The cereal grains are humanity’s most important, renewable, human food resource. As such, they have rightly been called “culture elements” (pillars of civilization). Because of their life-or-death importance, the cereal grasses have been from time immemorial respected as “sacred grasses” by many peoples around the world.
Because its purpose is to reawaken and foster a modern appreciation of the precious value of the ancient, biodiverse edible seedcrops, at the time of this organization’s founding, the ancient Sanskrit word kusa was employed to form the organization’s name. This christening was made as a gesture of botanical respect focused on the grain-producing cereal grasses of the earth.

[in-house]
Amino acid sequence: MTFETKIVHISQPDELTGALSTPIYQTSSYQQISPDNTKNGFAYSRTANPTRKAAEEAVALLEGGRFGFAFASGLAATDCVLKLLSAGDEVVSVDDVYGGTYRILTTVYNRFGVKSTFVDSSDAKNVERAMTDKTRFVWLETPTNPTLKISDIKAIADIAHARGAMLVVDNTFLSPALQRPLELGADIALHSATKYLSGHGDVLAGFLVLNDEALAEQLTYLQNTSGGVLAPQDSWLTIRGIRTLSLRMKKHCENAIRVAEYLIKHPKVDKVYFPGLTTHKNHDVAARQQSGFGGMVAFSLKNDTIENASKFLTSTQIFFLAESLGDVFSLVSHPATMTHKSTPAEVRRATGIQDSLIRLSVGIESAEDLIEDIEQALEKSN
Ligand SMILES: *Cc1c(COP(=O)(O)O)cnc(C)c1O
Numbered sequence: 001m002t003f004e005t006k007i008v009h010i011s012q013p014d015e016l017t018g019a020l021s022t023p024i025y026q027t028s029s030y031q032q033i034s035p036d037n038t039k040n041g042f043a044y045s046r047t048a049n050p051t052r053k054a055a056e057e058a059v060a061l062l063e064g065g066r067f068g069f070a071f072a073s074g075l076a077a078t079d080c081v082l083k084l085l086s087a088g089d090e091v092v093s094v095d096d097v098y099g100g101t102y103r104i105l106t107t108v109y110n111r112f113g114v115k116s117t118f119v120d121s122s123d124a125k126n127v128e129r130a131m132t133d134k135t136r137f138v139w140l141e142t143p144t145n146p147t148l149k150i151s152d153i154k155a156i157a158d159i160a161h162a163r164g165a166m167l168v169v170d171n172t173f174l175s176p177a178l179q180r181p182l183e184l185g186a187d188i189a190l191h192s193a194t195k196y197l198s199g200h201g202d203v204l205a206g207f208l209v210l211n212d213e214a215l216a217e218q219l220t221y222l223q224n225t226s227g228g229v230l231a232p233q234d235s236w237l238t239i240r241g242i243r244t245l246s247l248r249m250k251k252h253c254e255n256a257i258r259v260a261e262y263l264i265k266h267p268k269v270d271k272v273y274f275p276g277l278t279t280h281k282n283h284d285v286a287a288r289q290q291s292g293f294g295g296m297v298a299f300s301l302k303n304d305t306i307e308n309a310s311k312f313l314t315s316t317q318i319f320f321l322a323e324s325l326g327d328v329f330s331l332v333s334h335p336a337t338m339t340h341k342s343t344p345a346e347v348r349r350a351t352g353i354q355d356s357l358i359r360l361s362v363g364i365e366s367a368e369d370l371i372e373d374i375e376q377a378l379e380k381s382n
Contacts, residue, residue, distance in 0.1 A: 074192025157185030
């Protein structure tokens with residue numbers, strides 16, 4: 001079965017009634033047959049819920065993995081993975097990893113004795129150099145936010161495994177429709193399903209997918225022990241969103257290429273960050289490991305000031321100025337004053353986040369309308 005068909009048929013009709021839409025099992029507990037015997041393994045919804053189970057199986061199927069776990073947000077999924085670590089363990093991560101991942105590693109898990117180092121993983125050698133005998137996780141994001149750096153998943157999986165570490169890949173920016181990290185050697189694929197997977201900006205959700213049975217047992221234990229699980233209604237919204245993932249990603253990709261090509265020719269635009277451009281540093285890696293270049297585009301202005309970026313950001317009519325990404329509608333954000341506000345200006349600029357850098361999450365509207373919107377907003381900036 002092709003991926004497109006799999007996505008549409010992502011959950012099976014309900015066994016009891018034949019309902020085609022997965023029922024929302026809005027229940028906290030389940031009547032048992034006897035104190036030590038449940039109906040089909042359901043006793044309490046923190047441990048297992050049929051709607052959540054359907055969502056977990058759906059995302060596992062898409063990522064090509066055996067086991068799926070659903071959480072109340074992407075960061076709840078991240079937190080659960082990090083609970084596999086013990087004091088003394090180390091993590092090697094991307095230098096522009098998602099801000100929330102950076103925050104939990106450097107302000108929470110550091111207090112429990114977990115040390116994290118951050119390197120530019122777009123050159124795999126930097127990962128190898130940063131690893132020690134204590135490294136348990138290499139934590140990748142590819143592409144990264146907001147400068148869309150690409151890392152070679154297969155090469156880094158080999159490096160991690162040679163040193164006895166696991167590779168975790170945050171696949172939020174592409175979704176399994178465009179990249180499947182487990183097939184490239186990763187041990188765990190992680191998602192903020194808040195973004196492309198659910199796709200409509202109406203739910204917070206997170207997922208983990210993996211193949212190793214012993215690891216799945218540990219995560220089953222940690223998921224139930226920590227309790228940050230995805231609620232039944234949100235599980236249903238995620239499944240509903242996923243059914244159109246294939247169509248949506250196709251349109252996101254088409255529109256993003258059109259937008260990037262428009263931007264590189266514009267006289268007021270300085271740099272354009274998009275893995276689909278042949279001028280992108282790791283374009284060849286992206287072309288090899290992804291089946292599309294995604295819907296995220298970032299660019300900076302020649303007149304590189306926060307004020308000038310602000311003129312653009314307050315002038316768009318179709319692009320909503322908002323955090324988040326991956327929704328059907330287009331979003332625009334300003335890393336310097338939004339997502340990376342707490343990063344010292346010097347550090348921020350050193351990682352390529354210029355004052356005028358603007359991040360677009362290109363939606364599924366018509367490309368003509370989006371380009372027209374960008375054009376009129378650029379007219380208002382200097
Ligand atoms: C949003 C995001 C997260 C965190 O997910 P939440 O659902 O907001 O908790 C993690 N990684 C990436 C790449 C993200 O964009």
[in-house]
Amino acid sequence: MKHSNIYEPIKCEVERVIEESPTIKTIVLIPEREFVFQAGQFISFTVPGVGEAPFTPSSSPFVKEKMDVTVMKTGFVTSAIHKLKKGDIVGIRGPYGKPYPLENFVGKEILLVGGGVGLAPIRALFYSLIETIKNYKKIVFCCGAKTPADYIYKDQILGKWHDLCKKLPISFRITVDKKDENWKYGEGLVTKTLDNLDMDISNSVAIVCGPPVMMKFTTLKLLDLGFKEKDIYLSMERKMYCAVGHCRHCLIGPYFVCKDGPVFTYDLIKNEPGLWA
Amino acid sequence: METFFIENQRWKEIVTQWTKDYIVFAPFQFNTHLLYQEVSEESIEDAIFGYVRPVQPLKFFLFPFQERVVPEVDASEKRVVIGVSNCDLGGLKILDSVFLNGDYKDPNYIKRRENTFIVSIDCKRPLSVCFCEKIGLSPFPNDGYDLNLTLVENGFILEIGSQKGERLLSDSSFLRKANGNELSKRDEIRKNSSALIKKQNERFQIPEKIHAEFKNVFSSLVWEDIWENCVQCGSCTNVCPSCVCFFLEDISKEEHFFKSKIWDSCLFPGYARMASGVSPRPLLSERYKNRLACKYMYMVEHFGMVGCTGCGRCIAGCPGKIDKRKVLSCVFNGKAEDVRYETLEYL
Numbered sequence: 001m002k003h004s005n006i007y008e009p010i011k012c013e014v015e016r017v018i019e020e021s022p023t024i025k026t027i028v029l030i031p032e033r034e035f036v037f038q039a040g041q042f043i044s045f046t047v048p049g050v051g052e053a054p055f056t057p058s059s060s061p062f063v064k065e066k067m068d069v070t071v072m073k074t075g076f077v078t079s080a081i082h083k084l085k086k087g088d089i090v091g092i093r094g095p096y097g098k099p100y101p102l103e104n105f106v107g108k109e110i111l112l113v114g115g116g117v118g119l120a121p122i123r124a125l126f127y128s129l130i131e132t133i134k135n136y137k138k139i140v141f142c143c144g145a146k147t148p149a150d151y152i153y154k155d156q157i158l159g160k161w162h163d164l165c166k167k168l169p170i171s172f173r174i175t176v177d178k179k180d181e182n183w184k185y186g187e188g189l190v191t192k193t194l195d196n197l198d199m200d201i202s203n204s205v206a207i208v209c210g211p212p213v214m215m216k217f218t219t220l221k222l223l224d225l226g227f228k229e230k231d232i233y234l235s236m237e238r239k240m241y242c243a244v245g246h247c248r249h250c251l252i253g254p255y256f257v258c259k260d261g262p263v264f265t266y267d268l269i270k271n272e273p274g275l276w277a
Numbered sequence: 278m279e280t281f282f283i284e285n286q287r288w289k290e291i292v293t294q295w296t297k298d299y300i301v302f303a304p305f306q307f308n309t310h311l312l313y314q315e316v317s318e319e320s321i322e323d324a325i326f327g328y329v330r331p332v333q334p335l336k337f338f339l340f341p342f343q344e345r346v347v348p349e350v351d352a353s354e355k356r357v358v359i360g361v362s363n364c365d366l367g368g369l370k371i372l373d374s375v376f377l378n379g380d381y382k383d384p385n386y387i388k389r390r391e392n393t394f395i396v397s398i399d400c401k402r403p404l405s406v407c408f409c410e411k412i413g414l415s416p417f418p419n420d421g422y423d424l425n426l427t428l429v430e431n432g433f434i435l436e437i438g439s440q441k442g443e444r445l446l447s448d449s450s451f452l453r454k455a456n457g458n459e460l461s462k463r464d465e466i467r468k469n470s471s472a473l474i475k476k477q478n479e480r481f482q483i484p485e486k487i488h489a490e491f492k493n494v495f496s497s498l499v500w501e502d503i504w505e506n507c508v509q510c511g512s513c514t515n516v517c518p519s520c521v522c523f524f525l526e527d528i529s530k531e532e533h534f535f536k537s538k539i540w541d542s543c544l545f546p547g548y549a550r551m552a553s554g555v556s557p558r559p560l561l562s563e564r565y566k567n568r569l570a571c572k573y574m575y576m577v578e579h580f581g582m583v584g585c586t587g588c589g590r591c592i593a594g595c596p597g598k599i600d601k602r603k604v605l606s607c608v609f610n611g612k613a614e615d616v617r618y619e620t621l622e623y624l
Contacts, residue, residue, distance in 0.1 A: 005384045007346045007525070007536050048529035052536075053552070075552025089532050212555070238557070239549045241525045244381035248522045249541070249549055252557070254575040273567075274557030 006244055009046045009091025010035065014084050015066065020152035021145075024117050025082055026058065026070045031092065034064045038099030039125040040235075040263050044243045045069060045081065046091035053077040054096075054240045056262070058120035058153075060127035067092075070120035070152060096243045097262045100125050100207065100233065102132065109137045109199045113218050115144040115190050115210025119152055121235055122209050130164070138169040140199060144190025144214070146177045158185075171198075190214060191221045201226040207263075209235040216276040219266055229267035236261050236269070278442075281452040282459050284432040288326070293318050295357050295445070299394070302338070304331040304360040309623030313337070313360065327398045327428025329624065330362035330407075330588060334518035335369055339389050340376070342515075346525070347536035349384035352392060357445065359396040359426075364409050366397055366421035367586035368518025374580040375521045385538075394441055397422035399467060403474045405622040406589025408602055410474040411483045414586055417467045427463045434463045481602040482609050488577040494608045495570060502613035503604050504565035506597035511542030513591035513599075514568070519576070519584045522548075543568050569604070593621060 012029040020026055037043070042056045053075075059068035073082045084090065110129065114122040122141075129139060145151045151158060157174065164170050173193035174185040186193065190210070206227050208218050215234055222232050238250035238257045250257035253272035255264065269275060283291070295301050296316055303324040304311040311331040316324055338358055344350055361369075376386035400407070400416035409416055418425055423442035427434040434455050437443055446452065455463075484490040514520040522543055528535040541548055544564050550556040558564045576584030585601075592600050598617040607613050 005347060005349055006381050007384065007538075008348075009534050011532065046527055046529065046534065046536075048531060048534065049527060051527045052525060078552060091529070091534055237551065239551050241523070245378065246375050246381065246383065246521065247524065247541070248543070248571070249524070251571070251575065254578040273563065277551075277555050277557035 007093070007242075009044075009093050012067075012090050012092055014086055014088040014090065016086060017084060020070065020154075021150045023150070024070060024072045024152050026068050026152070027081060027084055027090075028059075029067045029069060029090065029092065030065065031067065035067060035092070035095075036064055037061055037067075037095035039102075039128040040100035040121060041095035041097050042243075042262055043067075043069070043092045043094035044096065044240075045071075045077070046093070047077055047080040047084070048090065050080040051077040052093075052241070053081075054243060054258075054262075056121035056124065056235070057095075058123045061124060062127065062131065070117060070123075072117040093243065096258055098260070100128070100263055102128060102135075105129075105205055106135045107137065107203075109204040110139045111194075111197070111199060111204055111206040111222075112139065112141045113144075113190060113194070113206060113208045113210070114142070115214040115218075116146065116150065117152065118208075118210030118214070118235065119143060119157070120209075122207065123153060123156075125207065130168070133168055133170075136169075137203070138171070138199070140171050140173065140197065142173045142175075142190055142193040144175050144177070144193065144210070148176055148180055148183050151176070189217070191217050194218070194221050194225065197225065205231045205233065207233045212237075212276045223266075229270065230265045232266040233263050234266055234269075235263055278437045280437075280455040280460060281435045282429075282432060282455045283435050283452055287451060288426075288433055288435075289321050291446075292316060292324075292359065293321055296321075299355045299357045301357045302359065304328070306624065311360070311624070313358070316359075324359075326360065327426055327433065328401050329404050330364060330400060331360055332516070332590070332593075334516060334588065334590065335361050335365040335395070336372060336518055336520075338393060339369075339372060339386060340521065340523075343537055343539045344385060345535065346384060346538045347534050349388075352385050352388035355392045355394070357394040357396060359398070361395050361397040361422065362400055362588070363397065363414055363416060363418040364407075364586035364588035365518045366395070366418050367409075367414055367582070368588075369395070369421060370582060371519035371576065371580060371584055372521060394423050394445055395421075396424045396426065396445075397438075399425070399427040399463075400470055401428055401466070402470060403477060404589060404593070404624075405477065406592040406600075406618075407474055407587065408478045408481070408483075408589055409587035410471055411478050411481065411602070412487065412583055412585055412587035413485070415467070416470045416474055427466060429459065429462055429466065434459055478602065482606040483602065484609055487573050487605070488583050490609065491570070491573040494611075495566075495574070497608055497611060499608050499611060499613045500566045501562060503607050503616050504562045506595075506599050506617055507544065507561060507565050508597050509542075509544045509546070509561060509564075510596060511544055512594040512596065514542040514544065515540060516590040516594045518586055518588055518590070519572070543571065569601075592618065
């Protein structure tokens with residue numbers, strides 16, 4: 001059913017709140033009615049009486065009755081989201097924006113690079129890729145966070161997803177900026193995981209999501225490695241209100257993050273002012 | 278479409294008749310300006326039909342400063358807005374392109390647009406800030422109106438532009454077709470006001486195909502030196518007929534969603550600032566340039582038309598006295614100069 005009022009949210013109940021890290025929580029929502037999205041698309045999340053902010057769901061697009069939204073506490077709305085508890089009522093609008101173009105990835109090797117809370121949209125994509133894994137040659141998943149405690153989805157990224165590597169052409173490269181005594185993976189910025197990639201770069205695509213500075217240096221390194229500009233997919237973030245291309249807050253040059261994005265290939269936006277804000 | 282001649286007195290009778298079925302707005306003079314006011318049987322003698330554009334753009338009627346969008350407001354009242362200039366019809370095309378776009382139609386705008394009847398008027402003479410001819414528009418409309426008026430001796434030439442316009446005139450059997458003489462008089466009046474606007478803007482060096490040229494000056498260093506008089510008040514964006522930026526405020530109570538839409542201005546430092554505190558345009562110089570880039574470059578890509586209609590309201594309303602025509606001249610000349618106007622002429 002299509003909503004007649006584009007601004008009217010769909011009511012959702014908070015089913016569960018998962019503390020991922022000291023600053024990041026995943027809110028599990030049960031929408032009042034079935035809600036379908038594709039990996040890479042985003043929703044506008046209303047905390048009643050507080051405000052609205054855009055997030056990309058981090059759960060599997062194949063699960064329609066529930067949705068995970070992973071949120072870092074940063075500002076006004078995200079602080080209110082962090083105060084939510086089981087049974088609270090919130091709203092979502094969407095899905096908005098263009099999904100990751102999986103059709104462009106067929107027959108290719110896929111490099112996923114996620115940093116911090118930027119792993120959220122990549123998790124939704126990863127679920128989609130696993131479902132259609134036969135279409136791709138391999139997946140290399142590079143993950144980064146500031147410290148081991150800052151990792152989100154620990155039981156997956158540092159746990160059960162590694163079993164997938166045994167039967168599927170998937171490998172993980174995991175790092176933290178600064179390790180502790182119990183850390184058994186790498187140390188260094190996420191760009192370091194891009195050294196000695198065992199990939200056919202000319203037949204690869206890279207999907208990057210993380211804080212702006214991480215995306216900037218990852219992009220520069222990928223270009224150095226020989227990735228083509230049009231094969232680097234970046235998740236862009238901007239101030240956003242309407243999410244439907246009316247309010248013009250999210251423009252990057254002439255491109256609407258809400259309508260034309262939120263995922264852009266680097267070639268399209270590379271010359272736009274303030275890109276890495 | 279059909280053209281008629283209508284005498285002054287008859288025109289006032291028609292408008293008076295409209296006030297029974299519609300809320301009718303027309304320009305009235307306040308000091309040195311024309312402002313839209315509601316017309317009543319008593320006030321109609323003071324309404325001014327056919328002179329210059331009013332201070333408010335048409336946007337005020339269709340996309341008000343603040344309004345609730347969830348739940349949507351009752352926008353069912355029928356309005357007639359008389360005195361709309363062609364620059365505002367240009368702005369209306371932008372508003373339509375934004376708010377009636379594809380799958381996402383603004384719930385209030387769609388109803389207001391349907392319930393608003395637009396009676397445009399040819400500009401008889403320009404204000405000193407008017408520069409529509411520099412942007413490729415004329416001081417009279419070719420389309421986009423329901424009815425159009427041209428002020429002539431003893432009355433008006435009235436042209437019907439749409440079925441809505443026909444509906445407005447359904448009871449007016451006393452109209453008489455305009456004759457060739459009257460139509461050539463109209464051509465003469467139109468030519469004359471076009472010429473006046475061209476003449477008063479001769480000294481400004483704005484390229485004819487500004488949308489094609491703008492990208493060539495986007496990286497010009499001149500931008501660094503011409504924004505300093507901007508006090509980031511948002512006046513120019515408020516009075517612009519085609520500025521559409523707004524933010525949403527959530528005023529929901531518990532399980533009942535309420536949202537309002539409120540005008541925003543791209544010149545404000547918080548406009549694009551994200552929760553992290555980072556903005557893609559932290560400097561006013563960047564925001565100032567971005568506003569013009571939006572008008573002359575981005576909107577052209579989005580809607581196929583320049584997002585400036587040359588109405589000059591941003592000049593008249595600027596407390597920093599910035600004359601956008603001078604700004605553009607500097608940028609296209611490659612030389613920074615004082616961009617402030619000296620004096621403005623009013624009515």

The Kusa Seed organization’s concerns include the question of seed ownership. As others have pointed out, for 10,000 years the owner has been the one who grew the seed. Humanity’s industrial revolution has produced an agriculture which seeks a reversal of that ancient paradigm.
Industrial-strength agriculture minimizes the different kinds of seeds and the total number of farmers. Local seeds disappear, replaced by highly-fixed, genetically uniform varieties. Sterile hybrids, genetically-modified-organisms and private intellectual property rights controlling the ownership of seed are some of the products of industrialized agriculture — a social movement to commodify nature and reshape landscapes, diets and lives according to criteria, standards and laws which ignore and abuse the commonality of humanity and the common good.